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Marford's Gothic cottages

By Sarah Griffiths on Feb 16, 09 08:49 AM in 1500-1799

Marford is famous for its distinctive cottages which were originally built for the estate workers of Trevalyn Hall between 1805 and 1816.

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Trevalyn Hall in Rossett is an Elizabethan manor house built by John Trevor in 1576. It was originally situated in an exclave of Flintshire and is now part of the borough of Wrexham. The Trevalyn estate remained with the Trevor dynasty, but the male line died out in 1743.

George Boscawen had married into this family but his wife predeceased him in 1788. Ten years after her death, Boscowen decided to use her inheritance to create housing for the craftsmen of the estate. His agent, John Boydell of Rossett Hall, was appointed to oversee the building of the cottages and each dwelling was unique in character.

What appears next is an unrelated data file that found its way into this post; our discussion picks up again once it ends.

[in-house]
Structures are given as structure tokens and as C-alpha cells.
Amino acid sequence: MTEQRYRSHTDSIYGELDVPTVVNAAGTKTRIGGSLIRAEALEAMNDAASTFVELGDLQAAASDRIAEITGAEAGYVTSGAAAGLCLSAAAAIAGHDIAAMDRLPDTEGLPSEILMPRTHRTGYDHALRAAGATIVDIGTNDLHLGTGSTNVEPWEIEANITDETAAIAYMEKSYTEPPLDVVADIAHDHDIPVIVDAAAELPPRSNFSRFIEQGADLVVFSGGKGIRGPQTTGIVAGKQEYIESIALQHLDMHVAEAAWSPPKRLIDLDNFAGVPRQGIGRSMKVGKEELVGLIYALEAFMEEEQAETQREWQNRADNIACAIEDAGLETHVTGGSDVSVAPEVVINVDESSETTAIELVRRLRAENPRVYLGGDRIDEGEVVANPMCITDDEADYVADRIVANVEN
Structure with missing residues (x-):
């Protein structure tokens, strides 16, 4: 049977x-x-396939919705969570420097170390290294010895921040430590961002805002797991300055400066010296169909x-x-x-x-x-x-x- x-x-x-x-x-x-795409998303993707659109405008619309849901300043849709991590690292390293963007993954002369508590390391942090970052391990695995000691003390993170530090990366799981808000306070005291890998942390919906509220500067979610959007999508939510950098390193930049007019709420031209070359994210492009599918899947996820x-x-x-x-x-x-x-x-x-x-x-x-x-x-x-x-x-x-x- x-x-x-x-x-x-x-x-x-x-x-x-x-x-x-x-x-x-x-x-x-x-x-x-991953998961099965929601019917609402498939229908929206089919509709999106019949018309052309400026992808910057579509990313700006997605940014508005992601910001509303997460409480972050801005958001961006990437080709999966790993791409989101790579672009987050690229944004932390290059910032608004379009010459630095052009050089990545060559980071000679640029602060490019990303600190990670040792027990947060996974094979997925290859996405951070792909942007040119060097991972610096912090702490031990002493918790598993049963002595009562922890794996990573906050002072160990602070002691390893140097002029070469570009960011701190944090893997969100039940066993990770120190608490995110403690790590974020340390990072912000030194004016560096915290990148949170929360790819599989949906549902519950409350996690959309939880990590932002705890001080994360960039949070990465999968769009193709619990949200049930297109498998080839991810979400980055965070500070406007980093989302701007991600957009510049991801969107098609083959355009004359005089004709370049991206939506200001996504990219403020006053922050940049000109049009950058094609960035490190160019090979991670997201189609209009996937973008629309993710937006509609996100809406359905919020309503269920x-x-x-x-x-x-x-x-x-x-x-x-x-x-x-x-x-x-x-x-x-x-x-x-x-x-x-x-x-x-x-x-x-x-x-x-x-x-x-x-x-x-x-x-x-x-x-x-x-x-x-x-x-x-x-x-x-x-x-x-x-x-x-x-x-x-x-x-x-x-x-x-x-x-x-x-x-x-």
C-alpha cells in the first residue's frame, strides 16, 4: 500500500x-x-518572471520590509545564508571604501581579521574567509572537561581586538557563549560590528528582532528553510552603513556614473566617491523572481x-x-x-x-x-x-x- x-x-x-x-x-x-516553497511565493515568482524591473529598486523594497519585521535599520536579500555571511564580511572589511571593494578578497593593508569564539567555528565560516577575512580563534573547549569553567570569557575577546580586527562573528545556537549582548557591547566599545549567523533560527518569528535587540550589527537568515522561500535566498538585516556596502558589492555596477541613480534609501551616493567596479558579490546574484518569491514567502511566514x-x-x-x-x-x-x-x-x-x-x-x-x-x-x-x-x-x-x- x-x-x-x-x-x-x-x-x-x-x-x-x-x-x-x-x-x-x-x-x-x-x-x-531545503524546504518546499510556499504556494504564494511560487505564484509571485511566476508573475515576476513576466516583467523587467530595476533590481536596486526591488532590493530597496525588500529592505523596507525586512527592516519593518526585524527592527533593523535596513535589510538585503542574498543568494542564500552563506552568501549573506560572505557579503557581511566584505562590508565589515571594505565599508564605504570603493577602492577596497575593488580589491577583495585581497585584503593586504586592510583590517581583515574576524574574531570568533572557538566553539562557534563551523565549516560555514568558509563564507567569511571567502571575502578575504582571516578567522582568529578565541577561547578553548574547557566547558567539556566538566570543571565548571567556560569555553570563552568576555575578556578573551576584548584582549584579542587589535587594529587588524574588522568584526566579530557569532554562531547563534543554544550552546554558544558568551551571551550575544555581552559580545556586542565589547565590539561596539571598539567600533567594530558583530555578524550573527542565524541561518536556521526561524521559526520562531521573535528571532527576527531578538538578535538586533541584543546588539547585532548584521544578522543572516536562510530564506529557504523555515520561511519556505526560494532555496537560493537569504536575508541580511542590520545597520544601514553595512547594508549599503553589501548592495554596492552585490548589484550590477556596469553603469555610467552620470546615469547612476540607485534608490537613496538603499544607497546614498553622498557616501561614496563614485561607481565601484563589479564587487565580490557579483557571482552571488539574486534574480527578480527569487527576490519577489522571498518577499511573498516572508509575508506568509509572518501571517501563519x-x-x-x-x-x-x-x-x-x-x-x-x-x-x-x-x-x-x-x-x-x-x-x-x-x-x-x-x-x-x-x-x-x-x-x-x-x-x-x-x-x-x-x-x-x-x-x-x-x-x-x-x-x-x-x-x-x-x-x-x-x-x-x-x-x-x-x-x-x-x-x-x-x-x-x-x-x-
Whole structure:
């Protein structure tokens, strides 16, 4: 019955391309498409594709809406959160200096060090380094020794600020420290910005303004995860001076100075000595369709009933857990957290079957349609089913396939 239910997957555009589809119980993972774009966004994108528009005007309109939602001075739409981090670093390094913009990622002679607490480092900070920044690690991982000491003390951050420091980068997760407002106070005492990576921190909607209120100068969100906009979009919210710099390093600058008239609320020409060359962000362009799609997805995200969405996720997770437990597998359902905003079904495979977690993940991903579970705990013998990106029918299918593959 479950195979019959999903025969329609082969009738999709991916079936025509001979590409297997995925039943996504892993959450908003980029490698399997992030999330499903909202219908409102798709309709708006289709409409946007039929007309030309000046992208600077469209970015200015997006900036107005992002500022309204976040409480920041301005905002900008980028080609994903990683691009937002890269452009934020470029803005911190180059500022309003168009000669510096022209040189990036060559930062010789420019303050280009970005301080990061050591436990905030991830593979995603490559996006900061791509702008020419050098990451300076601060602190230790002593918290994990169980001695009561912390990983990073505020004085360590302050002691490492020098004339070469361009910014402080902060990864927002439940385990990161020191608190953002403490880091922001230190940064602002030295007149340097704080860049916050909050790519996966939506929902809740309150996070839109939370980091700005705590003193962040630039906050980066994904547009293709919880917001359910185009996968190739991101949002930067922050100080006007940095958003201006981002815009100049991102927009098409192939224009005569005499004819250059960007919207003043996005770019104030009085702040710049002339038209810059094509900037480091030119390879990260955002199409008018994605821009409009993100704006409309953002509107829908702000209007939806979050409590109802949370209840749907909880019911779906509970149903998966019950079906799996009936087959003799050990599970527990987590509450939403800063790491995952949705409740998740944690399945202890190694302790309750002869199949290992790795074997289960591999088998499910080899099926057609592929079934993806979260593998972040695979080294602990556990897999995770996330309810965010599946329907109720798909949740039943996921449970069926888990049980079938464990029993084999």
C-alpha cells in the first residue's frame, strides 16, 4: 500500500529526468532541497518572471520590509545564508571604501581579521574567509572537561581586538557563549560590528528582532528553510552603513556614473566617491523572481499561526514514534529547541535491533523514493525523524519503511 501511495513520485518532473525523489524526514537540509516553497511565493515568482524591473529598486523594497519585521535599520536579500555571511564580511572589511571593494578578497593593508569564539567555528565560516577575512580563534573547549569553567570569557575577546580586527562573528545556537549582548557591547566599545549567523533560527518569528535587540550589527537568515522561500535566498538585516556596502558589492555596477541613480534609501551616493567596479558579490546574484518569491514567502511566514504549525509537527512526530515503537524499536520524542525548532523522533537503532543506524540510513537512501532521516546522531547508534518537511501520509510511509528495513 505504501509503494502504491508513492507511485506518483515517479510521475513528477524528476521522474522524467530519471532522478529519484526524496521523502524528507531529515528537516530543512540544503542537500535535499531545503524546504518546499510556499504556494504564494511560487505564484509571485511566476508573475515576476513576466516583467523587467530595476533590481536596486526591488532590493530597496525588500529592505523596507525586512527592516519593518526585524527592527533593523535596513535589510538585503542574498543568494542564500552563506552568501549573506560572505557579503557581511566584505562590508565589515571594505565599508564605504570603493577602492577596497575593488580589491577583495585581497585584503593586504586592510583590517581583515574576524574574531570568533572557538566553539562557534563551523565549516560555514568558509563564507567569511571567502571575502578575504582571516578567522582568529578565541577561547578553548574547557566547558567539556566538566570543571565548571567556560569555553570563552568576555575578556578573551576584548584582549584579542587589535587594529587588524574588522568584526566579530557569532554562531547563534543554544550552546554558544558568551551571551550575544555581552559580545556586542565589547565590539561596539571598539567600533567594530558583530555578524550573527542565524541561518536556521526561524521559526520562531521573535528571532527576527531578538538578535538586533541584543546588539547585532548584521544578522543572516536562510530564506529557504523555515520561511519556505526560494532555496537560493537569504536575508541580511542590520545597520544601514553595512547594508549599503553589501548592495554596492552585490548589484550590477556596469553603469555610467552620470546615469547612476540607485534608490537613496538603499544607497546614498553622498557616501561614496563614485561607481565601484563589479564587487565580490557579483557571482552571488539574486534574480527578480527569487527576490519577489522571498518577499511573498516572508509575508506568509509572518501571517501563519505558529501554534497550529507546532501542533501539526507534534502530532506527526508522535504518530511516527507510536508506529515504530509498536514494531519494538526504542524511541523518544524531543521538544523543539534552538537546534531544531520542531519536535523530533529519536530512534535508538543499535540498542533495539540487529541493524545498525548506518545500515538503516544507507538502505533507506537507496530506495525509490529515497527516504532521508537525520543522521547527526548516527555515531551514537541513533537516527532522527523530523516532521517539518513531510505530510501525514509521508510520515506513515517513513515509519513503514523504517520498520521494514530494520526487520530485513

The architectural style used for the village has been described as cottage orné and featured a range of windows including circular, ogee, elliptical and lancet shapes. The cottages were also built with curved walls and roof planes that dipped in the centre. The roofs were originally thatched, but were later replaced with slate from Bwlch yr Oernant in Denbighshire. There have been many reports of ghosts in the village and the crosses which appear on most of the houses were believed to ward off evil spirits.

The architectural importance of the Marford cottages is illustrated by the fact that it is considered to be one of the most unusual estate villages in Wales and several of the cottages have been listed by Cadw as Welsh historic monuments.

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